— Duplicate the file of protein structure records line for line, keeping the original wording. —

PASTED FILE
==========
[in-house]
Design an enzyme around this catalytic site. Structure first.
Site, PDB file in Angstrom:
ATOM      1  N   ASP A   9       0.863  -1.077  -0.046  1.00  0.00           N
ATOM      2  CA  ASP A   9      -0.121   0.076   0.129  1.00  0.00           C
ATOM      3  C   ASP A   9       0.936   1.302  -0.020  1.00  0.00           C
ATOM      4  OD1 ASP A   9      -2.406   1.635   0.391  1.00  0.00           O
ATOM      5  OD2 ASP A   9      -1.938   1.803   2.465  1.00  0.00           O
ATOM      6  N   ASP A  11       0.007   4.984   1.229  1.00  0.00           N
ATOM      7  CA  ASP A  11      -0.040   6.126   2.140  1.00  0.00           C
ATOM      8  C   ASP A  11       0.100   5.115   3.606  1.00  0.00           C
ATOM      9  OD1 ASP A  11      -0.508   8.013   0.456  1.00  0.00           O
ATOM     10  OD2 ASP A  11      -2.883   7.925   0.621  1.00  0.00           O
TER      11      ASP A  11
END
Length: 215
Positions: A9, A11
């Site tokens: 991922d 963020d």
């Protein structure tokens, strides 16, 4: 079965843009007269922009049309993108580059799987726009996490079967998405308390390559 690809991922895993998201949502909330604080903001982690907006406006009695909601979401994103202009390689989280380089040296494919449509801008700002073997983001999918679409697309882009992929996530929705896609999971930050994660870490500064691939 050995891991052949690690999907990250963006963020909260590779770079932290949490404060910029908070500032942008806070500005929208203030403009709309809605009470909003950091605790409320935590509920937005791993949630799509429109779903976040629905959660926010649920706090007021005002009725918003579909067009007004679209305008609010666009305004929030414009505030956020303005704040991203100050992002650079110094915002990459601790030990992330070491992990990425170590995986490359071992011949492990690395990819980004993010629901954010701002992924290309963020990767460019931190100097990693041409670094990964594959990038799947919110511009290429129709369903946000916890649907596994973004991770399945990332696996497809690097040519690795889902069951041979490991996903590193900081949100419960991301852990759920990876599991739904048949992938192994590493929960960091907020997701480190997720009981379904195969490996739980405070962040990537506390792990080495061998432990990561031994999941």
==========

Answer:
[in-house]
Design an enzyme around this catalytic site. Structure first.
Site, PDB file in Angstrom:
ATOM      1  N   ASP A   9       0.863  -1.077  -0.046  1.00  0.00           N
ATOM      2  CA  ASP A   9      -0.121   0.076   0.129  1.00  0.00           C
ATOM      3  C   ASP A   9       0.936   1.302  -0.020  1.00  0.00           C
ATOM      4  OD1 ASP A   9      -2.406   1.635   0.391  1.00  0.00           O
ATOM      5  OD2 ASP A   9      -1.938   1.803   2.465  1.00  0.00           O
ATOM      6  N   ASP A  11       0.007   4.984   1.229  1.00  0.00           N
ATOM      7  CA  ASP A  11      -0.040   6.126   2.140  1.00  0.00           C
ATOM      8  C   ASP A  11       0.100   5.115   3.606  1.00  0.00           C
ATOM      9  OD1 ASP A  11      -0.508   8.013   0.456  1.00  0.00           O
ATOM     10  OD2 ASP A  11      -2.883   7.925   0.621  1.00  0.00           O
TER      11      ASP A  11
END
Length: 215
Positions: A9, A11
């Site tokens: 991922d 963020d």
């Protein structure tokens, strides 16, 4: 079965843009007269922009049309993108580059799987726009996490079967998405308390390559 690809991922895993998201949502909330604080903001982690907006406006009695909601979401994103202009390689989280380089040296494919449509801008700002073997983001999918679409697309882009992929996530929705896609999971930050994660870490500064691939 050995891991052949690690999907990250963006963020909260590779770079932290949490404060910029908070500032942008806070500005929208203030403009709309809605009470909003950091605790409320935590509920937005791993949630799509429109779903976040629905959660926010649920706090007021005002009725918003579909067009007004679209305008609010666009305004929030414009505030956020303005704040991203100050992002650079110094915002990459601790030990992330070491992990990425170590995986490359071992011949492990690395990819980004993010629901954010701002992924290309963020990767460019931190100097990693041409670094990964594959990038799947919110511009290429129709369903946000916890649907596994973004991770399945990332696996497809690097040519690795889902069951041979490991996903590193900081949100419960991301852990759920990876599991739904048949992938192994590493929960960091907020997701480190997720009981379904195969490996739980405070962040990537506390792990080495061998432990990561031994999941």